Brin and Wojcicki (pronounced wo-JES-ki) were married in early May, on the same weekend as the Berkshire (Charts, Fortune 500) shareholder meeting. (See, we told you this was complicated.)

    About two months ago Warren and Jimmy submitted DNA to 23andMe. (Warren "just kept spitting into a little receptacle, and then we FedExed it. Not very elegant," says his assistant. Jimmy did the same.)

    When the results came back a month later, Wojcicki — a 33-year-old Yale grad and former health-care industry analyst — and her associate Joanna Mountain called Warren from 23andMe's offices, just half a mile from Google's Mountain View, Calif., campus, and broke the news that he need not include Jimmy in his will. In fact, "I'm as closely related to you as Jimmy is," said Mountain, the head of 23andMe's ancestry product line and a former professor of anthropological genetics at Stanford. (By the way, if you'd like to join Wojcicki's team, they're hiring like mad.)

    As it turns out, Jimmy and Warren do have common ancestors, but you have to go back more than 10,000 years to find them. That's before surnames, folks. "Bottom line: We're not related," Warren wrote to his sister Doris, the family genealogist, who opened this whole can of worms many years ago.

    Warren Buffett's ten-page DNA report, which he shared with Fortune, also revealed that his paternal ancestors hail from northern Scandinavia, while his mother's side most likely has roots in Iberia or Estonia.

    Sadly, the report gave no inkling of the whereabouts of that lost shaker of salt.

May 29, 2007 at 12:01 PM | Permalink | Comments (0) | TrackBack

Solar-Powered Electric Scooter


Don Dunklee (below), a Rite-Aid store manager in Davison, Michigan, built it.

According to Bob Parks, in his book "Makers:All Kinds of People Making Amazing Things in Backyards, Garages, and Basements," it took 80 hours and cost $3,300.

"Every day the owner drives it ten miles round trip to and from his job. During the commute, the four 30-watt solar panels fold neatly to the side; when he arrives at the drugstore parking lot, they unfurl and soak up the rays like a big prairie sunflower."

He notes that his kids, ages 18, 20, and 22, "don't want to be seen with it."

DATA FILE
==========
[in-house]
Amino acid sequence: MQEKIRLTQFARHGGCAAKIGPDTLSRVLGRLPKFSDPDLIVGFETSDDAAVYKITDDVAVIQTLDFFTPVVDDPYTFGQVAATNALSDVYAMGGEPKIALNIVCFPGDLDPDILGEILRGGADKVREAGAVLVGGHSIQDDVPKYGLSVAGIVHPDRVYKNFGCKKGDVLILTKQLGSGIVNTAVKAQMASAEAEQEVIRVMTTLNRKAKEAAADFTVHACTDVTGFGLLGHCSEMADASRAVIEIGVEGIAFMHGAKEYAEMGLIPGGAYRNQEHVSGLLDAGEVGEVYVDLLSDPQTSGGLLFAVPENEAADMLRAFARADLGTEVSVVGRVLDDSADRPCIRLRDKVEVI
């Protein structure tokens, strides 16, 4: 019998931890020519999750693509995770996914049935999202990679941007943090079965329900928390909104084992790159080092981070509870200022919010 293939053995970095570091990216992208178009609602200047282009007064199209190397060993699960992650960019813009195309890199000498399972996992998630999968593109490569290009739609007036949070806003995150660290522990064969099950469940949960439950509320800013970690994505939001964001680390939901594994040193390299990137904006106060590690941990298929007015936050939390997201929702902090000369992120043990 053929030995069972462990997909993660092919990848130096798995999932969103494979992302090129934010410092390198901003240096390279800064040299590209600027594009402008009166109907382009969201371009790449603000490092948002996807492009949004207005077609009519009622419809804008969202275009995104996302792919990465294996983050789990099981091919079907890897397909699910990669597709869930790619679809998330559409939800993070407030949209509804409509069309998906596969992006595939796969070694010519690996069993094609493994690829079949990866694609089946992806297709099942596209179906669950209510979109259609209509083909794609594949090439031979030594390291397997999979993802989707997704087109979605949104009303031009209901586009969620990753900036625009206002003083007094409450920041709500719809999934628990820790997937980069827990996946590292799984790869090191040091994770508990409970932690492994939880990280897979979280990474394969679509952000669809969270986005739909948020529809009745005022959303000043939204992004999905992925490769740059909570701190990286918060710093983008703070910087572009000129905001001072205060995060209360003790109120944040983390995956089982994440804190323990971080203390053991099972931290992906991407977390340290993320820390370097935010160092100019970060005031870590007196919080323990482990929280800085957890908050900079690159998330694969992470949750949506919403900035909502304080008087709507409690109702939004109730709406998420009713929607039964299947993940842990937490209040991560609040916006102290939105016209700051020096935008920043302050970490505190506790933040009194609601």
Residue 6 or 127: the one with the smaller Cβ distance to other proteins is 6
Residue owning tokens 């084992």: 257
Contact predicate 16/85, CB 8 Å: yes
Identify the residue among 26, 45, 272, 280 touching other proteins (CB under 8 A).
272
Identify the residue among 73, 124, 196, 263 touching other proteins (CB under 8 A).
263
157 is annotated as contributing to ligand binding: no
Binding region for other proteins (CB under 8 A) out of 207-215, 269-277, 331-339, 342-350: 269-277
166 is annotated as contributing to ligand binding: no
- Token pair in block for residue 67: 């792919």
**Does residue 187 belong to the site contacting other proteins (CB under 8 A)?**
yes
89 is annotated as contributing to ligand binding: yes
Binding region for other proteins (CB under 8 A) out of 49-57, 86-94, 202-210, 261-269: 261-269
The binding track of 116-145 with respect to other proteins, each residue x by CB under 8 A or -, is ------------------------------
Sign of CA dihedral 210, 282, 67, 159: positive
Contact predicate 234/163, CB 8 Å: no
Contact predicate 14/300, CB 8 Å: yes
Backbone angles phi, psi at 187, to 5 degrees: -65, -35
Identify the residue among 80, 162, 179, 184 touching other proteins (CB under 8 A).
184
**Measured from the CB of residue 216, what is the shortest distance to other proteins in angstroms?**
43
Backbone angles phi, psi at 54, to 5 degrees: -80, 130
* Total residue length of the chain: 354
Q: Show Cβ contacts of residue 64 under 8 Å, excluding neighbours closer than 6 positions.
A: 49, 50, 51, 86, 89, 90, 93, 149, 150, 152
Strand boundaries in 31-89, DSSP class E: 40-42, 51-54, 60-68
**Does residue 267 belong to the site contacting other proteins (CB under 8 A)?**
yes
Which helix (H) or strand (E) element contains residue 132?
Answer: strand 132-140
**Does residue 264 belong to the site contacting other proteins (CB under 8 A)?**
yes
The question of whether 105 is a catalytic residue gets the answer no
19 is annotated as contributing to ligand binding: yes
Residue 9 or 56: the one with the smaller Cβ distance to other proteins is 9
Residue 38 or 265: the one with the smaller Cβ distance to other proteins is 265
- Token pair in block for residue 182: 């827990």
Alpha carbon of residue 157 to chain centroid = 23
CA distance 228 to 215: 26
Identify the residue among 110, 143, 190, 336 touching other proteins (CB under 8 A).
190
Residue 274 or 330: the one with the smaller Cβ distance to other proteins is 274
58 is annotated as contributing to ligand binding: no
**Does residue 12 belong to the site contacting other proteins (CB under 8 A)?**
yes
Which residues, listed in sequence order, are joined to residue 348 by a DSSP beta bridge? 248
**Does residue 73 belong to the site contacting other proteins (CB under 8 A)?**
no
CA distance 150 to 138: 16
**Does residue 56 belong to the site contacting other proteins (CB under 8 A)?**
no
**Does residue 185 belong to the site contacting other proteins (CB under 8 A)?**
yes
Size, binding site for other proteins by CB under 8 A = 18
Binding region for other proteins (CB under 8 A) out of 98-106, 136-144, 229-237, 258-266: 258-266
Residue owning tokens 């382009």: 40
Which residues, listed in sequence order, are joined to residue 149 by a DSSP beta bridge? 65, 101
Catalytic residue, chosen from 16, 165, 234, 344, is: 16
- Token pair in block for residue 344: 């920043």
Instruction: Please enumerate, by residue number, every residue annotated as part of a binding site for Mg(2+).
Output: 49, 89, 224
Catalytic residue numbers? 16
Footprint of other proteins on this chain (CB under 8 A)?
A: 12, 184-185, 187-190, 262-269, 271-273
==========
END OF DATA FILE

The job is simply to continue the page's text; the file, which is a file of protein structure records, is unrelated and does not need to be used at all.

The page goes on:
Dunklee's made the plans available here in case you'd like to build your own.

May 29, 2007 at 11:01 AM | Permalink | Comments (0) | TrackBack

Gareth Pugh is my new favorite designer

I happened on his Spring/Summer 2007 collection show (above) on the Beauty & Fashion Channel yesterday and was enchanted.

So strange and wonderful.

One fashion journalist commenting on the clothes remarked, "Of course you're not going to wear a patent leather bodysuit to the beach, but that's not the point."


Pugh's MySpace is a total knockout, with all manner of strange, wonderful people present and accounted for.

You could make your way in the fashion world quite easily simply by spending time there and pressing the {virtual} flesh.

May 29, 2007 at 10:01 AM | Permalink | Comments (0) | TrackBack

Bill Gates + Steve Jobs — Live, unrehearsed and unscripted

It happens tomorrow night at the Wall Street Journal's fifth annual "D: All Things Digital" conference in San Diego.

According to a press release, "Apple, Inc., CEO Steve Jobs and Microsoft Corp. Chairman Bill Gates, the seminal figures in the development of the personal computer, will make a rare joint appearance at The Wall Street Journal's "D: All Things Digital" conference this year. The two men will jointly discuss the history and future of the digital revolution in an unrehearsed, unscripted, onstage conversation on May 30 with D co-producers Walt Mossberg and Kara Swisher."

"Both executives have made multiple individual appearances at the conference, which will celebrate its fifth anniversary this year, and is known as D5. But this will be their first joint session at D, and a highly unusual event."

No, you can't go — it's been sold out since forever.

But you can be certain highlights of their tête-à-tête will make their way into general public view shortly thereafter.

May 29, 2007 at 09:01 AM | Permalink | Comments (0) | TrackBack